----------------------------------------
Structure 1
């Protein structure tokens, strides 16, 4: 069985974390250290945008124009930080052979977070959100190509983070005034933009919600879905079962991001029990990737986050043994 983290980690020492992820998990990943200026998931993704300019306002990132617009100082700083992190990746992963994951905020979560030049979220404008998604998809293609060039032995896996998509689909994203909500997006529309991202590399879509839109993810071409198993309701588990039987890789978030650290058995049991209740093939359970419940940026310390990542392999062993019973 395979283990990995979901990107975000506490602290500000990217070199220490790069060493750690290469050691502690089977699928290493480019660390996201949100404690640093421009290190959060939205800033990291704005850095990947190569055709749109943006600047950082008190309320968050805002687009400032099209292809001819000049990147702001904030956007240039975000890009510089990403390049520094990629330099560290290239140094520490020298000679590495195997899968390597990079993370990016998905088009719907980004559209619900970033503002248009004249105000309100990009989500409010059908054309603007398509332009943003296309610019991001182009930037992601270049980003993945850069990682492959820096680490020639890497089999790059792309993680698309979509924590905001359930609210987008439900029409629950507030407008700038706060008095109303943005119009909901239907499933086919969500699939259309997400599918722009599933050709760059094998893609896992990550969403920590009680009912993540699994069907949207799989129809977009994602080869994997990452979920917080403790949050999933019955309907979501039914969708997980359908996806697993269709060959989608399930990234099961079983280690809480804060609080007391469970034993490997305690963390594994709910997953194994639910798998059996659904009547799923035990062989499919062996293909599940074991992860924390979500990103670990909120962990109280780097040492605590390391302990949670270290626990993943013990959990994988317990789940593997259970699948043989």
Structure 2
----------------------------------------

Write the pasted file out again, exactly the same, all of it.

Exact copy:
Structure 1
């Protein structure tokens, strides 16, 4: 069985974390250290945008124009930080052979977070959100190509983070005034933009919600879905079962991001029990990737986050043994 983290980690020492992820998990990943200026998931993704300019306002990132617009100082700083992190990746992963994951905020979560030049979220404008998604998809293609060039032995896996998509689909994203909500997006529309991202590399879509839109993810071409198993309701588990039987890789978030650290058995049991209740093939359970419940940026310390990542392999062993019973 395979283990990995979901990107975000506490602290500000990217070199220490790069060493750690290469050691502690089977699928290493480019660390996201949100404690640093421009290190959060939205800033990291704005850095990947190569055709749109943006600047950082008190309320968050805002687009400032099209292809001819000049990147702001904030956007240039975000890009510089990403390049520094990629330099560290290239140094520490020298000679590495195997899968390597990079993370990016998905088009719907980004559209619900970033503002248009004249105000309100990009989500409010059908054309603007398509332009943003296309610019991001182009930037992601270049980003993945850069990682492959820096680490020639890497089999790059792309993680698309979509924590905001359930609210987008439900029409629950507030407008700038706060008095109303943005119009909901239907499933086919969500699939259309997400599918722009599933050709760059094998893609896992990550969403920590009680009912993540699994069907949207799989129809977009994602080869994997990452979920917080403790949050999933019955309907979501039914969708997980359908996806697993269709060959989608399930990234099961079983280690809480804060609080007391469970034993490997305690963390594994709910997953194994639910798998059996659904009547799923035990062989499919062996293909599940074991992860924390979500990103670990909120962990109280780097040492605590390391302990949670270290626990993943013990959990994988317990789940593997259970699948043989």
Structure 2